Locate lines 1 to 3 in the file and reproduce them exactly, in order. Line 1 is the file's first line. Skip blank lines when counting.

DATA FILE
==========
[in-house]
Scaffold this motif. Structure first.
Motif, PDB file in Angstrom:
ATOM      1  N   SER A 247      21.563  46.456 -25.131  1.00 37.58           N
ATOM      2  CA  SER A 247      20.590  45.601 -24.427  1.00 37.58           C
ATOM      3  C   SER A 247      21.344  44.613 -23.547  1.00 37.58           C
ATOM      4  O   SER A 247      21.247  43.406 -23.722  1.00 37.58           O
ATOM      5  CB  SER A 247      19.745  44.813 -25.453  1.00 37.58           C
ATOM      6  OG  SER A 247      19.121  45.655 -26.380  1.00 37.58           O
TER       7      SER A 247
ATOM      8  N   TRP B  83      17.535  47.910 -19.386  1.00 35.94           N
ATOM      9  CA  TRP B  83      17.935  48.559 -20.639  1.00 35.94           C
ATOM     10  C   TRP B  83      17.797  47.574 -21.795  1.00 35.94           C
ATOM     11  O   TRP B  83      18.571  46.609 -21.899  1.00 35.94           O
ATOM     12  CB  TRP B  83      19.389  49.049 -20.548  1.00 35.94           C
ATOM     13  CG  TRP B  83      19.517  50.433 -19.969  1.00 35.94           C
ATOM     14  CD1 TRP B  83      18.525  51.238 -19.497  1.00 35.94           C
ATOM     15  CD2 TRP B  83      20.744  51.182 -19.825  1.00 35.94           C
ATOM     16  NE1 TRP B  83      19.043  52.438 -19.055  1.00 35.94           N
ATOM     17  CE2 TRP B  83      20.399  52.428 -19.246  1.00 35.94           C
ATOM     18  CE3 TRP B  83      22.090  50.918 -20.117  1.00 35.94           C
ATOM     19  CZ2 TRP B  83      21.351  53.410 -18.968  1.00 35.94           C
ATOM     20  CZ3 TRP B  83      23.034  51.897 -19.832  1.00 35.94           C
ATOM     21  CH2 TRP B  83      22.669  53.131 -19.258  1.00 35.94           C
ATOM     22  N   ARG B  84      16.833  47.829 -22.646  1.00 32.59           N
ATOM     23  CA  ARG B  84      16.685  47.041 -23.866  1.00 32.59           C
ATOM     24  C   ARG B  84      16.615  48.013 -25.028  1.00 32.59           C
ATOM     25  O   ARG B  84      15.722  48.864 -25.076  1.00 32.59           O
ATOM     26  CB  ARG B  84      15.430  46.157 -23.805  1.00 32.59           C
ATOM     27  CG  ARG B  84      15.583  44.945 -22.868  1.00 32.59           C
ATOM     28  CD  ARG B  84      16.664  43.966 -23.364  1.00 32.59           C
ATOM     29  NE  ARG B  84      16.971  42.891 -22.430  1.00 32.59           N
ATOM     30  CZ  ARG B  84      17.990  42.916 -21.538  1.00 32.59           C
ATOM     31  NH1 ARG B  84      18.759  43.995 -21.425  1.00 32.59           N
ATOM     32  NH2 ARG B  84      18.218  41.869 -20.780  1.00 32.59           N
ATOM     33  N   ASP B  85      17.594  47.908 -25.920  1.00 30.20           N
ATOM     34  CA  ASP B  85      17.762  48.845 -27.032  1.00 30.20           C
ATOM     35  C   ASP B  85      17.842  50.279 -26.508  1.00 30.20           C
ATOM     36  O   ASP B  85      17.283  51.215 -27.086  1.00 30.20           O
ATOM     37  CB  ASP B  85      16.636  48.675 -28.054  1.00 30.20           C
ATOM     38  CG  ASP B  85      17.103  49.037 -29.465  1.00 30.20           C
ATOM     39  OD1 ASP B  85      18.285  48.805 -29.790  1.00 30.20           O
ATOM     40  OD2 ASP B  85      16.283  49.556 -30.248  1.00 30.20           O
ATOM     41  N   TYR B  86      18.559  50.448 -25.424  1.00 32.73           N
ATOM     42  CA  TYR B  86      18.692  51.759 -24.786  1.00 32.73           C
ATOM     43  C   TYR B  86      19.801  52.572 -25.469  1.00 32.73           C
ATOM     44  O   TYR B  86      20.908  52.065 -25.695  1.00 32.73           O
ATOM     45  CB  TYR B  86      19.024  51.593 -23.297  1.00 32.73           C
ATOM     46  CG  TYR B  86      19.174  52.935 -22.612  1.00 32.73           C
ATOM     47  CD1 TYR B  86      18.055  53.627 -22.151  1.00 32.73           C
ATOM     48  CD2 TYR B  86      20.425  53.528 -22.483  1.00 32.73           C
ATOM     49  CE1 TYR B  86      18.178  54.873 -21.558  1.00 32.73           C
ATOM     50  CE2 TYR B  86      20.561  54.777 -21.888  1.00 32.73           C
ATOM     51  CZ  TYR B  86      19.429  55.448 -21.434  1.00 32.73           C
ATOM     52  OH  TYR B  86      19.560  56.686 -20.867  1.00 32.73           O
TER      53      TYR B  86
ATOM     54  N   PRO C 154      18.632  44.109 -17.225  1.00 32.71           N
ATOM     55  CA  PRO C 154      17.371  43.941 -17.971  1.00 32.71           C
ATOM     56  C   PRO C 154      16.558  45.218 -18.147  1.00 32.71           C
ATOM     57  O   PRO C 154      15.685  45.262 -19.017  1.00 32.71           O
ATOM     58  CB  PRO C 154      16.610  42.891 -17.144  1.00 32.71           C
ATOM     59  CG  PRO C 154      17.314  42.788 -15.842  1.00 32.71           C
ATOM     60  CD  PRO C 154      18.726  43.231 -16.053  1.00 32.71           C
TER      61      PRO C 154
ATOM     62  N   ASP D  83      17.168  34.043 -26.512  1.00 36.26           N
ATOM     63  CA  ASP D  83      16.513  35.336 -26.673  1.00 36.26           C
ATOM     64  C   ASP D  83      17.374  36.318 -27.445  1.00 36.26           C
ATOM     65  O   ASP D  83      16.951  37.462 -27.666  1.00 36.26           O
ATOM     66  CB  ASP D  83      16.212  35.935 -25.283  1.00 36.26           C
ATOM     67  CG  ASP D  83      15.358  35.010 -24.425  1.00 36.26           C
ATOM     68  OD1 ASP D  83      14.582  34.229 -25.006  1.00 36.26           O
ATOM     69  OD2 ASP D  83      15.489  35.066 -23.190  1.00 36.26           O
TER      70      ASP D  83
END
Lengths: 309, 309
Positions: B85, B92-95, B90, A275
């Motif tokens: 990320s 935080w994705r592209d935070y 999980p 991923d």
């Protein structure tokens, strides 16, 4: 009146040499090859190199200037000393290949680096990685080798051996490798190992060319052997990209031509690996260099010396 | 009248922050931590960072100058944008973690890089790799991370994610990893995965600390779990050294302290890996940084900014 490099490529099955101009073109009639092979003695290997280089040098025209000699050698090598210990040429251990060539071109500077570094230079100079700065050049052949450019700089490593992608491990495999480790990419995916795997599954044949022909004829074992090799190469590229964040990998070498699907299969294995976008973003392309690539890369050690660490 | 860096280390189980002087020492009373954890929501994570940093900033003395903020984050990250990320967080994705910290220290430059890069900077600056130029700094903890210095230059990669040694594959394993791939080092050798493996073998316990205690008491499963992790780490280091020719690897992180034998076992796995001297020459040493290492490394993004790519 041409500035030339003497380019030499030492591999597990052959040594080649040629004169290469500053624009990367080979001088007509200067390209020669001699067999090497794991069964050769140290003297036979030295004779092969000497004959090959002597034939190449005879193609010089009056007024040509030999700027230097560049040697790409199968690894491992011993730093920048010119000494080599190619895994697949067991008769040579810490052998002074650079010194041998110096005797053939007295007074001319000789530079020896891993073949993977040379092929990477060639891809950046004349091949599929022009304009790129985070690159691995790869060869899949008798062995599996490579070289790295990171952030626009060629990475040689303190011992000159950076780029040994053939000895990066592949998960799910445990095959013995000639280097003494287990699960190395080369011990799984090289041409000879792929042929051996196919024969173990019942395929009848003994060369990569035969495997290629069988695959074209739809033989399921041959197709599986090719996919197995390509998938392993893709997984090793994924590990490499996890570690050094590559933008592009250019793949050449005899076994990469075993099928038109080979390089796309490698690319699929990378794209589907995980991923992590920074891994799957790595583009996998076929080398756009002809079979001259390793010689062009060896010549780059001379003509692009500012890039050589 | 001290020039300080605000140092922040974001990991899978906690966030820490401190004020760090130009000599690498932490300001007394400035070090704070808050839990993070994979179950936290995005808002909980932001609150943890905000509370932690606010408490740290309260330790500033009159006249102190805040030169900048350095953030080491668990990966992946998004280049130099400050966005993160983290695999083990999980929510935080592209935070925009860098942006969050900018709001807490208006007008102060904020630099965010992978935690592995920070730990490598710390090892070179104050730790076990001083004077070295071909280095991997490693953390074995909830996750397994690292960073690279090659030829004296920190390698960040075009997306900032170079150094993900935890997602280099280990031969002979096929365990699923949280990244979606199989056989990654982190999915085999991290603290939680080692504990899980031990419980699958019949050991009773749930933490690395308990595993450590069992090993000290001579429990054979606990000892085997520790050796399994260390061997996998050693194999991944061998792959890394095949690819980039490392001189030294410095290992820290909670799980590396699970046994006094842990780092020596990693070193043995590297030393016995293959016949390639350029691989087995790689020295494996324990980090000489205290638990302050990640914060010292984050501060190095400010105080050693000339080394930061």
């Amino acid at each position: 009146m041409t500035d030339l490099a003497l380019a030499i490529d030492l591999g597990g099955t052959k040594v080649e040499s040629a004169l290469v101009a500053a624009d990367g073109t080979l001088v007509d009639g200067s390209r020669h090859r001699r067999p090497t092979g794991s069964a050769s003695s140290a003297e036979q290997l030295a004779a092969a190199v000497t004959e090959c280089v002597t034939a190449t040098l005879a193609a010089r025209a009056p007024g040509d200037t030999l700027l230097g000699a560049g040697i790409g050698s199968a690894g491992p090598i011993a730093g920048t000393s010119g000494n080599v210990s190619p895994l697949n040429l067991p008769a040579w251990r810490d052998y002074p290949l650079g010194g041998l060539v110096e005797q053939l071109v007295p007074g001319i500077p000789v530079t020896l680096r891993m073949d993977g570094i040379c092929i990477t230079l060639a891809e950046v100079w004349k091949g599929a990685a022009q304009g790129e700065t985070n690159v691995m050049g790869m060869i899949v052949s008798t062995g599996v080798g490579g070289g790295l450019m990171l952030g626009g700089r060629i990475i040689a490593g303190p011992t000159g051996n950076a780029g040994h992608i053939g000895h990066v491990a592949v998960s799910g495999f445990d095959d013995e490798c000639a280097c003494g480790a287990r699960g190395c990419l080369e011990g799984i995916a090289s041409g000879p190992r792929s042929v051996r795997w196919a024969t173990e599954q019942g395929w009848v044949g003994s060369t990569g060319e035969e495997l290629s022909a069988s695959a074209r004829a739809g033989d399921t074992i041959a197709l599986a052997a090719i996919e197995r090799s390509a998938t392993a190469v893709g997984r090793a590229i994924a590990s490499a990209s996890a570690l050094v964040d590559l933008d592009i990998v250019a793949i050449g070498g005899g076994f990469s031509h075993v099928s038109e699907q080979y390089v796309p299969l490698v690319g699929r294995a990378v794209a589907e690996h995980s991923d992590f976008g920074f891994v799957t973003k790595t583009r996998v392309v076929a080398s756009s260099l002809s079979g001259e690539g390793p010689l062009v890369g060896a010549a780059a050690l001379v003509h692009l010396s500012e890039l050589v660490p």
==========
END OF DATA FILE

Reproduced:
[in-house]
Scaffold this motif. Structure first.
Motif, PDB file in Angstrom: